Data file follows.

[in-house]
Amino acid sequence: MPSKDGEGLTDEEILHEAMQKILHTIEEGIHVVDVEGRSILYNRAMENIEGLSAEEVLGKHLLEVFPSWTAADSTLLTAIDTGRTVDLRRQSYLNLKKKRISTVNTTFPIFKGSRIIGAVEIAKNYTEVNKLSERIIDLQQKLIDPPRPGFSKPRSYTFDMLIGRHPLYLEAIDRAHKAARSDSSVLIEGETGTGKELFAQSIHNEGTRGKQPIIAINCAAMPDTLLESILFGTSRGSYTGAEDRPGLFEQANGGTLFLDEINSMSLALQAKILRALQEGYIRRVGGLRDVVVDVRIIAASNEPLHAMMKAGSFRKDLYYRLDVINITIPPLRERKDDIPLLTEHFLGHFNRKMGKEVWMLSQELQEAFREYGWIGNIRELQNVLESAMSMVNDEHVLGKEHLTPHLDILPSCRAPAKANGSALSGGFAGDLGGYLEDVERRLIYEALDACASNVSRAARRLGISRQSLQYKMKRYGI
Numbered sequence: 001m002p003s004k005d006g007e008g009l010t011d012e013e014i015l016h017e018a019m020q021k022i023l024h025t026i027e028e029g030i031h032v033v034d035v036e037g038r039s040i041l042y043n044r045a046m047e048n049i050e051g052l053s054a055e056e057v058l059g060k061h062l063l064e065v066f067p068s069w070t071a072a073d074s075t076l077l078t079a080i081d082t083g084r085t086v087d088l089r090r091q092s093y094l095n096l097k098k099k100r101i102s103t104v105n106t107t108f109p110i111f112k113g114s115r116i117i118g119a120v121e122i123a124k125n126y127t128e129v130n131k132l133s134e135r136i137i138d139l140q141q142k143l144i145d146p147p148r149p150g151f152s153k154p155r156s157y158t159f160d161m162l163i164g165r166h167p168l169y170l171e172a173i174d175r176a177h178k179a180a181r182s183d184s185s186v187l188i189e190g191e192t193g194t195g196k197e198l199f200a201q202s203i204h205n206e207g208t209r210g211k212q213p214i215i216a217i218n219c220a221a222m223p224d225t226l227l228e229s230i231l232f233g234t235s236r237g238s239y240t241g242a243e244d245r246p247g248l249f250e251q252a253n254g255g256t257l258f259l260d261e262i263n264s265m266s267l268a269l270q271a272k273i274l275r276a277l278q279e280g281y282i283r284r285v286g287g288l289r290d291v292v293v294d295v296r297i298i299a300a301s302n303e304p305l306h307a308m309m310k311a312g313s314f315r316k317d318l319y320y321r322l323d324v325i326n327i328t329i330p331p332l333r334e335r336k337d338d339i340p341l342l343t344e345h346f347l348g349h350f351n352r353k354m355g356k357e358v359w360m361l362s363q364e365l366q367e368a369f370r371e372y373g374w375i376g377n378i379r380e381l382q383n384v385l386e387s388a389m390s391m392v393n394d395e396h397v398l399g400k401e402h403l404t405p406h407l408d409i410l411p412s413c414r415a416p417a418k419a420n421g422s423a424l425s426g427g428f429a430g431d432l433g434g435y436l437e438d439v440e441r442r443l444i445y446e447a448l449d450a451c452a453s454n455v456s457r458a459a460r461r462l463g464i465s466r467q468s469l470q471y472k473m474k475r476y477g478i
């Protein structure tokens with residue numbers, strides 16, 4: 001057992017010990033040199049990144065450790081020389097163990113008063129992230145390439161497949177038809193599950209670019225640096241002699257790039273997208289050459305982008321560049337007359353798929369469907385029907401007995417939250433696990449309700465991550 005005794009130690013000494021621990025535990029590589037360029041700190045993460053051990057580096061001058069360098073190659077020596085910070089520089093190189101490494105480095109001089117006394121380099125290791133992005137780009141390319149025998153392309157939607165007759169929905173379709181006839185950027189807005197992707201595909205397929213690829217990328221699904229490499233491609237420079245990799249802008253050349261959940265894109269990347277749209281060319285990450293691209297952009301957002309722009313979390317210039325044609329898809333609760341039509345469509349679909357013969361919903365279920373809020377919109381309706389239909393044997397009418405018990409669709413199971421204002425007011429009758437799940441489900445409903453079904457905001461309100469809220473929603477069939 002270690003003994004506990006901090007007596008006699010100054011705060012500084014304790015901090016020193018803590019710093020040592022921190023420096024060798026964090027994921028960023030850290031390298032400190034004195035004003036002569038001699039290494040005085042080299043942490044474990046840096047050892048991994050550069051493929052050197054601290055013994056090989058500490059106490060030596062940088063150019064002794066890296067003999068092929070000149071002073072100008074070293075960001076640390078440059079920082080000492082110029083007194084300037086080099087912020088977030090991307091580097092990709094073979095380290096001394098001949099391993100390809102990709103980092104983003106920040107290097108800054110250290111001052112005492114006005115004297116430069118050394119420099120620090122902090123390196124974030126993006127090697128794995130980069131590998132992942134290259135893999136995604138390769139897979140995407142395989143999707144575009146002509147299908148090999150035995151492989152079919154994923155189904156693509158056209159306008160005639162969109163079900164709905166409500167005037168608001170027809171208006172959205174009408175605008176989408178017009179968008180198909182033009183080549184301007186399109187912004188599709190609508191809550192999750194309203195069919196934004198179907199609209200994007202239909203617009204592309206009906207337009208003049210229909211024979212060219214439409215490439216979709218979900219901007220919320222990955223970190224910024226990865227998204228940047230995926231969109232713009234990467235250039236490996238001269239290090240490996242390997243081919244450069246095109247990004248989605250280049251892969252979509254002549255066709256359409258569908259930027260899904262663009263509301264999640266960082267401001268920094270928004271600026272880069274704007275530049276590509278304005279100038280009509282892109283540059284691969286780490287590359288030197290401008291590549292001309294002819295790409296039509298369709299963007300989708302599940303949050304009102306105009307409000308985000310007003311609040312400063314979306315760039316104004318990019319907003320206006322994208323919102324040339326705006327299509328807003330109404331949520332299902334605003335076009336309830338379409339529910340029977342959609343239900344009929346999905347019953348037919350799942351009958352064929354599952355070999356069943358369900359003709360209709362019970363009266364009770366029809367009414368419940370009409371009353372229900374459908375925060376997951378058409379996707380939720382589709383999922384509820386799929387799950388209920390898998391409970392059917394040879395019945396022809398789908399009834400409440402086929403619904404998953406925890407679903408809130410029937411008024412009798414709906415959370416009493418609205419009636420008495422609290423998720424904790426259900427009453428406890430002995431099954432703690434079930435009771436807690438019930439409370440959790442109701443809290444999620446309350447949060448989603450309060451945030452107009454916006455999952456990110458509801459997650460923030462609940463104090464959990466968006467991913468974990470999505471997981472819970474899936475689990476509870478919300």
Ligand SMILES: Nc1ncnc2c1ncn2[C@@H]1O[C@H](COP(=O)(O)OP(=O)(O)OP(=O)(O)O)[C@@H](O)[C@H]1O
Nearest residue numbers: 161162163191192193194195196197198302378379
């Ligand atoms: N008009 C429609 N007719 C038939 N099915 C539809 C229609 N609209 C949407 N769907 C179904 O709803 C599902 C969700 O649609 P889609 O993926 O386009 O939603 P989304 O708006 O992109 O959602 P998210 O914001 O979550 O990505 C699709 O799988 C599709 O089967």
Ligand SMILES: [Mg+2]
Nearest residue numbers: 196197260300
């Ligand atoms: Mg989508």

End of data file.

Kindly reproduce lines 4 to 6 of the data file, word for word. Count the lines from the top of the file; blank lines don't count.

């Protein structure tokens with residue numbers, strides 16, 4: 001057992017010990033040199049990144065450790081020389097163990113008063129992230145390439161497949177038809193599950209670019225640096241002699257790039273997208289050459305982008321560049337007359353798929369469907385029907401007995417939250433696990449309700465991550 005005794009130690013000494021621990025535990029590589037360029041700190045993460053051990057580096061001058069360098073190659077020596085910070089520089093190189101490494105480095109001089117006394121380099125290791133992005137780009141390319149025998153392309157939607165007759169929905173379709181006839185950027189807005197992707201595909205397929213690829217990328221699904229490499233491609237420079245990799249802008253050349261959940265894109269990347277749209281060319285990450293691209297952009301957002309722009313979390317210039325044609329898809333609760341039509345469509349679909357013969361919903365279920373809020377919109381309706389239909393044997397009418405018990409669709413199971421204002425007011429009758437799940441489900445409903453079904457905001461309100469809220473929603477069939 002270690003003994004506990006901090007007596008006699010100054011705060012500084014304790015901090016020193018803590019710093020040592022921190023420096024060798026964090027994921028960023030850290031390298032400190034004195035004003036002569038001699039290494040005085042080299043942490044474990046840096047050892048991994050550069051493929052050197054601290055013994056090989058500490059106490060030596062940088063150019064002794066890296067003999068092929070000149071002073072100008074070293075960001076640390078440059079920082080000492082110029083007194084300037086080099087912020088977030090991307091580097092990709094073979095380290096001394098001949099391993100390809102990709103980092104983003106920040107290097108800054110250290111001052112005492114006005115004297116430069118050394119420099120620090122902090123390196124974030126993006127090697128794995130980069131590998132992942134290259135893999136995604138390769139897979140995407142395989143999707144575009146002509147299908148090999150035995151492989152079919154994923155189904156693509158056209159306008160005639162969109163079900164709905166409500167005037168608001170027809171208006172959205174009408175605008176989408178017009179968008180198909182033009183080549184301007186399109187912004188599709190609508191809550192999750194309203195069919196934004198179907199609209200994007202239909203617009204592309206009906207337009208003049210229909211024979212060219214439409215490439216979709218979900219901007220919320222990955223970190224910024226990865227998204228940047230995926231969109232713009234990467235250039236490996238001269239290090240490996242390997243081919244450069246095109247990004248989605250280049251892969252979509254002549255066709256359409258569908259930027260899904262663009263509301264999640266960082267401001268920094270928004271600026272880069274704007275530049276590509278304005279100038280009509282892109283540059284691969286780490287590359288030197290401008291590549292001309294002819295790409296039509298369709299963007300989708302599940303949050304009102306105009307409000308985000310007003311609040312400063314979306315760039316104004318990019319907003320206006322994208323919102324040339326705006327299509328807003330109404331949520332299902334605003335076009336309830338379409339529910340029977342959609343239900344009929346999905347019953348037919350799942351009958352064929354599952355070999356069943358369900359003709360209709362019970363009266364009770366029809367009414368419940370009409371009353372229900374459908375925060376997951378058409379996707380939720382589709383999922384509820386799929387799950388209920390898998391409970392059917394040879395019945396022809398789908399009834400409440402086929403619904404998953406925890407679903408809130410029937411008024412009798414709906415959370416009493418609205419009636420008495422609290423998720424904790426259900427009453428406890430002995431099954432703690434079930435009771436807690438019930439409370440959790442109701443809290444999620446309350447949060448989603450309060451945030452107009454916006455999952456990110458509801459997650460923030462609940463104090464959990466968006467991913468974990470999505471997981472819970474899936475689990476509870478919300």
Ligand SMILES: Nc1ncnc2c1ncn2[C@@H]1O[C@H](COP(=O)(O)OP(=O)(O)OP(=O)(O)O)[C@@H](O)[C@H]1O
Nearest residue numbers: 161162163191192193194195196197198302378379